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    1. Yes, I guess ponds and lakes that don't freeze solid don't need a heater. ;) Of course, ours is tiny and entirely a "pet" artifact--so it needs the heater. I keep finding new uses for Excel, and this is my favorite one to-date! Thanks for joining in the meme!

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  28. Beth - here's my Lessons Learned post - I hope you don't mind my take on the theme. :)
    http://mygardenblogs.blogspot.co.uk/2014/03/when-not-to-move.html

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    1. Thanks for joining in, Angie. Actually, I think it's a perfect example and perfectly fine for the meme. As you mention, it's a lesson and it's a lesson you learned in winter. :)

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  29. Thanks for reminding me to link my post to this wonderful meme. My lesson learned over our hot dry southern hemisphere summer was which plants survived without supplementary watering from me, but with lots of smiles and encouragement and love. Here's the link: http://slowgardener.blogspot.com.au/2014/03/a-bit-of-end-of-summer-audit.html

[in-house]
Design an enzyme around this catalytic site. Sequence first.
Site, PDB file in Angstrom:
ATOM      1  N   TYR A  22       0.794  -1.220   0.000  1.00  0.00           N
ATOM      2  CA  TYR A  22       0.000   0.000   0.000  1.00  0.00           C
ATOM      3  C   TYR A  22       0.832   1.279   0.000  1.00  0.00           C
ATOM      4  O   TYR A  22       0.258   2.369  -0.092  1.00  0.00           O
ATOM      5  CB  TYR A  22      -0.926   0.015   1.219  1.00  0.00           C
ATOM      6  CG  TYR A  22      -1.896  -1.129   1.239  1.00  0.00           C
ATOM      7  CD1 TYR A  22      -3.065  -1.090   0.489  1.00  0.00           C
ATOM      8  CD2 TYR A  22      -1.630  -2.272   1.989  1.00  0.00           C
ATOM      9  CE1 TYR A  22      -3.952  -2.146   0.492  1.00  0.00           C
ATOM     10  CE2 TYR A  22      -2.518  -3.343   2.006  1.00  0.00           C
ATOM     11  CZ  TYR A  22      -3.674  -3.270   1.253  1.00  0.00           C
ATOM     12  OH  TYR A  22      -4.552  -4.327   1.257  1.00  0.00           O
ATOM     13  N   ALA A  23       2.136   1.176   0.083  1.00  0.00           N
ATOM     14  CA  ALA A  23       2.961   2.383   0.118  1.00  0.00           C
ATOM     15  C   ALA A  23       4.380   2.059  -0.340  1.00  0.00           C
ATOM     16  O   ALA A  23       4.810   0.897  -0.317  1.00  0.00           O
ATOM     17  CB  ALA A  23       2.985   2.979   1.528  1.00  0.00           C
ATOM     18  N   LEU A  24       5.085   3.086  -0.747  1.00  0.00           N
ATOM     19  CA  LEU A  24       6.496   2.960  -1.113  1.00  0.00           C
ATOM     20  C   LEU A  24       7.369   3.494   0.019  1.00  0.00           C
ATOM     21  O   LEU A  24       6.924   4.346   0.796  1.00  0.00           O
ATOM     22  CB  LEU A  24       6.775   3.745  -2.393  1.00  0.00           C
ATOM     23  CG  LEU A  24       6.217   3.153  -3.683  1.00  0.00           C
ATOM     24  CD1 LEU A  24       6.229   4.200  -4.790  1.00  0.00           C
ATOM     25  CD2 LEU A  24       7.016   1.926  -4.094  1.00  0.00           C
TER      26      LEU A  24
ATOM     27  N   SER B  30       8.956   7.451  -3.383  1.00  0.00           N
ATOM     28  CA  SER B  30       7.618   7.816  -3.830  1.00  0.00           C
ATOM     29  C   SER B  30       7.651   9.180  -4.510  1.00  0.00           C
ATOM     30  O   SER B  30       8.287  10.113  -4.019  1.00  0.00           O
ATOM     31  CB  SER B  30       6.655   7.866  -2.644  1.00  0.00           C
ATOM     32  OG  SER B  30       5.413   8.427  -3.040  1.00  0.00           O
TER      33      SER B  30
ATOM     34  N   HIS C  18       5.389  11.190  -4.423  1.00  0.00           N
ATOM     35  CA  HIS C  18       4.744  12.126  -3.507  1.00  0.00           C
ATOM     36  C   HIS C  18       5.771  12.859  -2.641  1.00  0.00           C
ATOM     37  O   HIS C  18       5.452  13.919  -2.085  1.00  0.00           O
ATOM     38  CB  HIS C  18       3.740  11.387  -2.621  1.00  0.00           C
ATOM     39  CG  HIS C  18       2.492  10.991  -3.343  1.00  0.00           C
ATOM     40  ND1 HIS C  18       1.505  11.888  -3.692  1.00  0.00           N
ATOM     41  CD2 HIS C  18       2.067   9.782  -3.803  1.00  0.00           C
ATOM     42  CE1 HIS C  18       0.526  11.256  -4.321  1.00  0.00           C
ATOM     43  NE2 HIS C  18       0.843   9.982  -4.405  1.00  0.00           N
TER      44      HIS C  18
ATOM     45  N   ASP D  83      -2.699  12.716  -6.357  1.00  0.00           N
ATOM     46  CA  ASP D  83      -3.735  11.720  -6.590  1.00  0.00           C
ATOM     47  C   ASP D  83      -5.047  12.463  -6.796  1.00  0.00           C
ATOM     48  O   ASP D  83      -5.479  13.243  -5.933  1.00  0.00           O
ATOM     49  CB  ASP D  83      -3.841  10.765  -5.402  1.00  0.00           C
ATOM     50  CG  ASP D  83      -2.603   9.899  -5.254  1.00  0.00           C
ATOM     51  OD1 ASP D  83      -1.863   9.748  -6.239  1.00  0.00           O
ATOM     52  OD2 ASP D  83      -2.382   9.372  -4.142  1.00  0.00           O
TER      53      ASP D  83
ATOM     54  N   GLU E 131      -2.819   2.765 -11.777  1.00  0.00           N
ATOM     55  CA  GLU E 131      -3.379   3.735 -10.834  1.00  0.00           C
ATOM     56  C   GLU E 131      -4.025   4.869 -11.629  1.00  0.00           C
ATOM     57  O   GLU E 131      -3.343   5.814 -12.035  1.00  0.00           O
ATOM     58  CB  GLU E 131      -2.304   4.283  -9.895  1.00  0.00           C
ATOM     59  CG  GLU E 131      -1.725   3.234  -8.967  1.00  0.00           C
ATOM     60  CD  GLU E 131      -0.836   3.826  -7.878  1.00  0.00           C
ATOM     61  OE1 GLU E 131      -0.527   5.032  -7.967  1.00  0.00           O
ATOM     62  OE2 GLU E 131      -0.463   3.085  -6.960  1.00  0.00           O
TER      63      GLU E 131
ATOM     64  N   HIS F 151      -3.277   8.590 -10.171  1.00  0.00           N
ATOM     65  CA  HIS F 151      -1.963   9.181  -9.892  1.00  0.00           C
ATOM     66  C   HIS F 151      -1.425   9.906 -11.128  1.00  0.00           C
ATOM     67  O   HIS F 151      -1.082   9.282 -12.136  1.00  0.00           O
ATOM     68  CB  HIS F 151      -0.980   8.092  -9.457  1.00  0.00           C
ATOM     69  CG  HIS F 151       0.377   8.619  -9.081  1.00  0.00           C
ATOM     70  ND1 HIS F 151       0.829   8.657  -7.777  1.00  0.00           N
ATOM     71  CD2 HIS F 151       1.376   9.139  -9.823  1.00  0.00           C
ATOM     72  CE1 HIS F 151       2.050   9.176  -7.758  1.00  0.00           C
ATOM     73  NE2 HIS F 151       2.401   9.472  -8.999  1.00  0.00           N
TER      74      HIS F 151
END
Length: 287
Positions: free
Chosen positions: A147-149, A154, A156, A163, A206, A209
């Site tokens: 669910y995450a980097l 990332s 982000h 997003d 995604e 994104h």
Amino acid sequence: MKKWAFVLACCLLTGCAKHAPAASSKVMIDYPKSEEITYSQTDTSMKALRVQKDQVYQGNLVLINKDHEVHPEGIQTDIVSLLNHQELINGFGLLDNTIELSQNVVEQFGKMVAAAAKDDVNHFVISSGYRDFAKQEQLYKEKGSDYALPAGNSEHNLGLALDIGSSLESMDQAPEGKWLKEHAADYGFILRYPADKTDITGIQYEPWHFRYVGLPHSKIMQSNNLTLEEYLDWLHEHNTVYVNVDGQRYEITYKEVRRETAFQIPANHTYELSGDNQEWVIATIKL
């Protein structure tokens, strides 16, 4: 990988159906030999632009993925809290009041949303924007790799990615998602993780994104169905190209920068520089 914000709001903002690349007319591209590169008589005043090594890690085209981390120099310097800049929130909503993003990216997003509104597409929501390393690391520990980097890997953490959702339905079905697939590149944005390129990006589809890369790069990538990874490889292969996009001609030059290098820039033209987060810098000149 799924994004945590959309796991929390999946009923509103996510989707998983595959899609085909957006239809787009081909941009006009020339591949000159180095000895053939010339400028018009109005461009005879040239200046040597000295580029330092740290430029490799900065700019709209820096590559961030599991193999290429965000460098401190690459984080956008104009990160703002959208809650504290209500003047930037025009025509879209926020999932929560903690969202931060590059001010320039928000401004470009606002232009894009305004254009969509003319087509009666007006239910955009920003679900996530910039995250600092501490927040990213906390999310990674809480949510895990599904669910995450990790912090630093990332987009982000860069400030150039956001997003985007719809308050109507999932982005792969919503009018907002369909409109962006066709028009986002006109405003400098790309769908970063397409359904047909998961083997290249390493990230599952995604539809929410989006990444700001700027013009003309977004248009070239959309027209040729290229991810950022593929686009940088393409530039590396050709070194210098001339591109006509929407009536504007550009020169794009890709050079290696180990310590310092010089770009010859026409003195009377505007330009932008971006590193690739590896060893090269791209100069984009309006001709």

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    1. Thanks for joining in, Sue! Those are the best plants--the ones that don't need coddling but keep coming back and performing year-to-year!

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  30. Spring is being held back again with the storm we just had. I love the idea of the spreadsheet for garden plans too. Glad some goldfish are surviving.

    Here is my post for Lessons Learned.

    http://gardenseyeview.com/2014/03/13/the-freedom-to-thrive/

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    1. Thanks for joining in, Donna. I loved your post--I'm so glad you're enjoying retirement. You deserve it!

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  31. Just posted my lessons from the winter. I combined it with my Bloom Day post--I hope you don't mind, but blooms were scarce this month anyway:)

    Here's the link: http://www.prairierosesgarden.blogspot.com/2014/03/march-GBBD-and-some-lessons-from winter.html

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  32. Oops, I think I made a mistake in my link--this is it:

    http://www.prairierosesgarden.blogspot.com/2014/03/march-gbbd-and-some-lessons-from-winter.html

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    1. Got it. Thanks, Rose! Combination posts are fine. I only have Cyclamens blooming this month, but I have a feeling April bloom day will be a little more exciting around here. We're warming up!